One good way to get positive credit history on your credit (that will result in increased credit score) is to get another credit card or loan. I think it is fair to say that in this economy it is tough to get much credit increase, even if you have decent credit. Years ago one could become an authorized user on someones credit card and add positive credit history, that would certainly help you in this situation. Only problem is that becoming an authorized user does not have the same effect on your credit like it used to. The other option is to borrow money from family or friends to pay off your debt. Mixing family with business is not always a good strategy.

There is another way. Public filings, especially in the form of UCC filings. Credit bureaus are connected to a public filing database that updates periodically (varies by state). They automatically receive all liens and bankruptcy information after it is filed at the county, state or federal level. You can actually file a certain document indicating that you have incurred a debt. Credit bureau will pick it up and as a result it will (one way or another) appear on your credit report. This is another way to add positive credit history. This results is your credit score increasing since a positive credit history appears on your report.

Please understand that this is a completely legal method and is very effective. Of course there is a certain amount of detail to it but at the end it is as simple as I make it sound.

Ever wonder how certain property managers and cars sales people mange to get liens on your credit. This is what they are really doing. A few of the more knowledgeable credit gurus file two or more of these public filings on their clients credit report to increase the credit score. Of course they charge enough money for it and never reveal what they are really doing.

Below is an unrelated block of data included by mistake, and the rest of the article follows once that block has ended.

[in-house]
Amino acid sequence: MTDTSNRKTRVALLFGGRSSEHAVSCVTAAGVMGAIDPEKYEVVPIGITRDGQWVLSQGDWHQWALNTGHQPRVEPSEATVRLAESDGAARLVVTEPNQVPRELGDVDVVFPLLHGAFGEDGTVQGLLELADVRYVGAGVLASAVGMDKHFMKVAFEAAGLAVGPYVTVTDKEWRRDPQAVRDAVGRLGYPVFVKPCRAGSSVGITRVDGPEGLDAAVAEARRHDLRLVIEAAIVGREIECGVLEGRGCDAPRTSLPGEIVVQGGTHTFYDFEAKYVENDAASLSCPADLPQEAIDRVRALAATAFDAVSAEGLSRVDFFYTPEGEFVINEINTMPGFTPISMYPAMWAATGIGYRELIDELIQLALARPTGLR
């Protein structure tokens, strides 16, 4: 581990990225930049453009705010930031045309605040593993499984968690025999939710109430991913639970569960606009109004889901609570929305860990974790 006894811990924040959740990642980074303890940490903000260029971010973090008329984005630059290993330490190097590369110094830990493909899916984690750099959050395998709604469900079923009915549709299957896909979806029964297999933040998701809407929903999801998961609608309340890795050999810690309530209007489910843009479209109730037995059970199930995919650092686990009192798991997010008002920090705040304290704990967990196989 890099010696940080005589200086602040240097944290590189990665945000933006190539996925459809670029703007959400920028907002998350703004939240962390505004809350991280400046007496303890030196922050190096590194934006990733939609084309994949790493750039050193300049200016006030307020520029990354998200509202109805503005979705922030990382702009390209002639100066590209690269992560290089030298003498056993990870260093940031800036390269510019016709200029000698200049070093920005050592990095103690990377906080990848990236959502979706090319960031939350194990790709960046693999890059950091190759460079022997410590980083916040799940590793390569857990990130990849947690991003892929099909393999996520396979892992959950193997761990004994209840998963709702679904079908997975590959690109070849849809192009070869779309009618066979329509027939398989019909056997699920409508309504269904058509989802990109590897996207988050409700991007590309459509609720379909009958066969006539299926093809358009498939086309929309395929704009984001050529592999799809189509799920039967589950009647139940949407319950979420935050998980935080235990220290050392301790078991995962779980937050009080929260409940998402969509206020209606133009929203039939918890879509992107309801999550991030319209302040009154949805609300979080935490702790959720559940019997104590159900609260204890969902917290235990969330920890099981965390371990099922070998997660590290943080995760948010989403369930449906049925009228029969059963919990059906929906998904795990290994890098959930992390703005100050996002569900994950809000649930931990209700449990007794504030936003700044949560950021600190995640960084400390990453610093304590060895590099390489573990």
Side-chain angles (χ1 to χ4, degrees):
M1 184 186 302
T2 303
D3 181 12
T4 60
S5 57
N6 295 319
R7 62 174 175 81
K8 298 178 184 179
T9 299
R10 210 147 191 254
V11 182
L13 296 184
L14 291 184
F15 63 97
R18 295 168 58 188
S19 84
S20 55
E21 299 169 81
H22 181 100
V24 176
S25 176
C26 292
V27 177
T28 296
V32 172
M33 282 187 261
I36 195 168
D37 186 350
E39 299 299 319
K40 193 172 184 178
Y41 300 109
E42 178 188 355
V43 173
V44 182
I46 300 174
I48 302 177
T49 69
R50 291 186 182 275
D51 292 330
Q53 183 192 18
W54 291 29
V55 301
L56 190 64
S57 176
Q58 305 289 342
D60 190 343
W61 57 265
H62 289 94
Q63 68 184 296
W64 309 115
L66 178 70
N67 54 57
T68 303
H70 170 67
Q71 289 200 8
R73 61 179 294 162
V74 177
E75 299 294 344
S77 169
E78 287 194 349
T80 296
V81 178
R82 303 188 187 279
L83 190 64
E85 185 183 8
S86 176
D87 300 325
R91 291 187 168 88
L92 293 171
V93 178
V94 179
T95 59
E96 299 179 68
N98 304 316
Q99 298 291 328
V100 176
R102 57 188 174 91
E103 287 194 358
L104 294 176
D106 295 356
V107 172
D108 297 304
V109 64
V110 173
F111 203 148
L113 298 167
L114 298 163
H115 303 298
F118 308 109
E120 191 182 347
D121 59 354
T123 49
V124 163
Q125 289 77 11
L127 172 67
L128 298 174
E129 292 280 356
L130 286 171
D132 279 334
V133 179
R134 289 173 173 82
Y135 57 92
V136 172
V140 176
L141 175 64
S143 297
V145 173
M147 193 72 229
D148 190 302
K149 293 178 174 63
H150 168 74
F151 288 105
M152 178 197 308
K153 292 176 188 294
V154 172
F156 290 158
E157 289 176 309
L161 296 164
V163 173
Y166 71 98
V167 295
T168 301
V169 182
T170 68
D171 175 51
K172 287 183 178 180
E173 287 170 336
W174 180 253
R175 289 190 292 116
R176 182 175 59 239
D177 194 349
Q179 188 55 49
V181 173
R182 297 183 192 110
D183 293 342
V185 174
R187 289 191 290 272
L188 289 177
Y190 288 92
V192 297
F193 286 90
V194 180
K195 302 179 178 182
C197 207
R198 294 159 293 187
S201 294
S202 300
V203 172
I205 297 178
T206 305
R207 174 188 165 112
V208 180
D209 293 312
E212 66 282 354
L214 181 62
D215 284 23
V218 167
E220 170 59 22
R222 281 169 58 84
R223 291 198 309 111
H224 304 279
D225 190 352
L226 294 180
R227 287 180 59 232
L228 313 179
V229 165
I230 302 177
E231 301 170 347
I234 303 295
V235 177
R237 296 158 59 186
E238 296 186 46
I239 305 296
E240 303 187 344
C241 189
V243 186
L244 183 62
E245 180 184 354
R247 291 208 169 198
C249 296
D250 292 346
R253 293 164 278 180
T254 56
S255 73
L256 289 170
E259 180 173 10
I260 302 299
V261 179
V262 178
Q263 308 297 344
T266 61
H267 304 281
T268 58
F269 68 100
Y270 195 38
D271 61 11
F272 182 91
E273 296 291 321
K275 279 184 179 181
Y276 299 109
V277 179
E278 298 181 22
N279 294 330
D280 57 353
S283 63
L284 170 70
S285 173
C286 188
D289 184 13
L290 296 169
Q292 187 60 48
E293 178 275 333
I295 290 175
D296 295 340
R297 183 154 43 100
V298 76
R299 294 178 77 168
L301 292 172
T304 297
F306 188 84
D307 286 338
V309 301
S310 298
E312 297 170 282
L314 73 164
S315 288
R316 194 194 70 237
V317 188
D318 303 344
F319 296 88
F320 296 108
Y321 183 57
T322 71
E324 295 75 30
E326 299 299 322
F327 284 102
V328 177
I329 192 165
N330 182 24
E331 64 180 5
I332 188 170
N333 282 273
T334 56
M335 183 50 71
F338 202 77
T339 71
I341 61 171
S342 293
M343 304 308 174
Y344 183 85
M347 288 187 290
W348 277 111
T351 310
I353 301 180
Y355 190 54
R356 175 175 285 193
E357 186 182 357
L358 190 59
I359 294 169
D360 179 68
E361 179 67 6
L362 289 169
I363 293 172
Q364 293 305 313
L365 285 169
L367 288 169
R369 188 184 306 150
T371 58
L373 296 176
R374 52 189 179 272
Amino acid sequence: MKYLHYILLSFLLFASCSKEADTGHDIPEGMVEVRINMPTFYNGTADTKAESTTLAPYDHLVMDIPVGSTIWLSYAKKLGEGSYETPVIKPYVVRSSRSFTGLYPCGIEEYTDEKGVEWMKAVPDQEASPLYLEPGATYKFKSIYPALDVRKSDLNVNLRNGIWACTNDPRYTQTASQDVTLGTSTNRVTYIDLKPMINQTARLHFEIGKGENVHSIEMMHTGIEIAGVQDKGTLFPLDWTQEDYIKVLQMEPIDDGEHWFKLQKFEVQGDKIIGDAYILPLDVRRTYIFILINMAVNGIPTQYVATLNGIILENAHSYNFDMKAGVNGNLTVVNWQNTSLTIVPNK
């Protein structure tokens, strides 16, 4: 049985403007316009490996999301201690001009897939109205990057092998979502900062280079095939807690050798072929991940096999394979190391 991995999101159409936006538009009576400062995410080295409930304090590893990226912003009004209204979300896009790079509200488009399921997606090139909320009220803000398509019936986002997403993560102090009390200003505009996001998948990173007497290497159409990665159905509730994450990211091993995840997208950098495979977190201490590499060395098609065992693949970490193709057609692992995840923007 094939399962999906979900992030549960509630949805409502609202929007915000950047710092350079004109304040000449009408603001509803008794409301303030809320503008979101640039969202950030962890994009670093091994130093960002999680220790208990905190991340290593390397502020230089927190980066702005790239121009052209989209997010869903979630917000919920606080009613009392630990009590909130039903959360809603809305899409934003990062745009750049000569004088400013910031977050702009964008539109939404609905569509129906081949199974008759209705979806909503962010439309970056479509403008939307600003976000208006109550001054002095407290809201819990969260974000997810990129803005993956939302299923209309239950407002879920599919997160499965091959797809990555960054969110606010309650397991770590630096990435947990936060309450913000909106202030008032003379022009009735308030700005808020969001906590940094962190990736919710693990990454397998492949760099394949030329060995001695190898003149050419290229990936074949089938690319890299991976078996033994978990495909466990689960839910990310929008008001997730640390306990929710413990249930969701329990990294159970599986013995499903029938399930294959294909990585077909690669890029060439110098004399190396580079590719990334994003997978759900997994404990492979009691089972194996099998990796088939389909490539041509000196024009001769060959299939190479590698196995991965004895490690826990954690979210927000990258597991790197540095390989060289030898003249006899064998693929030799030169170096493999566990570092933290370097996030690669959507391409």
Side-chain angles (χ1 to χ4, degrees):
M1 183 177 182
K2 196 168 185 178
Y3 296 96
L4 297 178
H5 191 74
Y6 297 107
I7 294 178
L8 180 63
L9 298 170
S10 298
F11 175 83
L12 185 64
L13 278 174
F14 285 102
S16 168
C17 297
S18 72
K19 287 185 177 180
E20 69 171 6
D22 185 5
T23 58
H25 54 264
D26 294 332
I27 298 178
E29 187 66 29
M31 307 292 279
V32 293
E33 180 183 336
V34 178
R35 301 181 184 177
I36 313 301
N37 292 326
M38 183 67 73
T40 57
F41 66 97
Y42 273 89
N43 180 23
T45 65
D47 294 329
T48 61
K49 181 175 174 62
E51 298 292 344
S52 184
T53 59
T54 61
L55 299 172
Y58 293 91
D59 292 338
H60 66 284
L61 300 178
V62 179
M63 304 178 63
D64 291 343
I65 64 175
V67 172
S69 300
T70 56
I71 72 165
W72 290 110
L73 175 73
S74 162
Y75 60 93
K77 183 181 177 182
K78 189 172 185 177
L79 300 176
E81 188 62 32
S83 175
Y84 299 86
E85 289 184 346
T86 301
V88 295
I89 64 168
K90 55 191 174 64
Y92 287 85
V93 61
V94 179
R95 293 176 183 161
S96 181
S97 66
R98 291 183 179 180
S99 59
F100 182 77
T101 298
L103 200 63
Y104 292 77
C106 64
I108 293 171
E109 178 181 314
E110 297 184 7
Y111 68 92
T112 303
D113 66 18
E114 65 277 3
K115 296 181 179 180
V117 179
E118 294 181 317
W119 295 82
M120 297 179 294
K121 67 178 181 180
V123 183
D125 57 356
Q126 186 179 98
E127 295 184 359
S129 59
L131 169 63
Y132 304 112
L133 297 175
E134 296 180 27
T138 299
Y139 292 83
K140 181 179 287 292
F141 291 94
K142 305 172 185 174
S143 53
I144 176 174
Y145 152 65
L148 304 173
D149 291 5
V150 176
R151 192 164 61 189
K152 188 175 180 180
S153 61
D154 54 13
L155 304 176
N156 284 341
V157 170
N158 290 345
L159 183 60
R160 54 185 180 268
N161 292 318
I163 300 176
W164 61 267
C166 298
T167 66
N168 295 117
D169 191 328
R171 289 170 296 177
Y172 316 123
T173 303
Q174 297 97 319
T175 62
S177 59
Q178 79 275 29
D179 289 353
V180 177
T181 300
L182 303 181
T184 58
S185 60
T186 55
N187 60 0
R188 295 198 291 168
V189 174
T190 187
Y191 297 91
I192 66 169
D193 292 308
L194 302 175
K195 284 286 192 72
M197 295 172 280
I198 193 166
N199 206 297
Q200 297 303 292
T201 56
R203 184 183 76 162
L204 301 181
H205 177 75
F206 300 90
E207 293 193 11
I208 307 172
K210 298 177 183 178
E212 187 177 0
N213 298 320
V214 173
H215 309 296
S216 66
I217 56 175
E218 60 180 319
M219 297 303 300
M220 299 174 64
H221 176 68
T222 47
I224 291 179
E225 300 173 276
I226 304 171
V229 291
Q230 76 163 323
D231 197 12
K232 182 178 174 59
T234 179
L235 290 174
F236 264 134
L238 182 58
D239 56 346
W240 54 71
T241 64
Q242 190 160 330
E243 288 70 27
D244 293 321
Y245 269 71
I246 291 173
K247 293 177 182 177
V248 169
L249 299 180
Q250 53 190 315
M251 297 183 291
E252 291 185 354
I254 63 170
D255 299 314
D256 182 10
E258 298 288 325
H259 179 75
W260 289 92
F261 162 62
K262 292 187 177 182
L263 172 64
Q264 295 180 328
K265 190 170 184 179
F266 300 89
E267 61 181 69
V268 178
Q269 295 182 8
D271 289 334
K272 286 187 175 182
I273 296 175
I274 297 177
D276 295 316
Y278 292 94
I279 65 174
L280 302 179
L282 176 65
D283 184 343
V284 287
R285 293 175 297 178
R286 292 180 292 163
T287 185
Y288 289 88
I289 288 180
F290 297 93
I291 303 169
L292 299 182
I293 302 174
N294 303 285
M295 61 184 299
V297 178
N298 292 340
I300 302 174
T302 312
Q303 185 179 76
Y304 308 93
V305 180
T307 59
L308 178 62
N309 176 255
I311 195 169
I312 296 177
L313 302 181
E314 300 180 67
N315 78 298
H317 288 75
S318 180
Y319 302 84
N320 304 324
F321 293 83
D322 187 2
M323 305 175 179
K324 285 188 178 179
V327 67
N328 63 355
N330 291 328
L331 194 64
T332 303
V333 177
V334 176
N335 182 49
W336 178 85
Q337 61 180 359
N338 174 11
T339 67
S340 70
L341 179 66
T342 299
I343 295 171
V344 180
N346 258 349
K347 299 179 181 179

The amazing thing is that even if you have filed bankruptcy you can use this method to quickly add lines on your credit report. Having two such lines on your report plus one secured cards (as an example) will quickly add positive credit history.

As a side note: Small amounts of credit is NOT that hard to get a little after filling bankruptcy. If you default on a debt, a collection agency can go after you for many years (depending on your state) . However, if you file bankruptcy most of the debt that falls under the bankruptcy can NOT be collected. Now, AFTER a bankruptcy you can not file for another bankruptcy for another 6 years or so. This gives lenders the satisfaction of knowing that if you default on their loan and you just filed bankruptcy they WILL be able to go after you for many years to come. As you might know that a judgment is likely to be filed against you and there is a chance that they will deduct your pay check or bank account. So getting some credit after filing bankruptcy is not that hard. Gentle readers there is always a come back.

Going back to public filings: In a nutshell this method that we are advocating eventually has the same effect (even if indirect) as getting a loan and gradually paying off the loan. We truly believe that this remains one of the best kept secrets of credit improvement.

Debt, good or bad (fortunately or unfortunately) is a VERY important part of modern everyday life. Either learn to use it or forever be a victim of it.

Public filings- UCC filings work both for personal and business credit.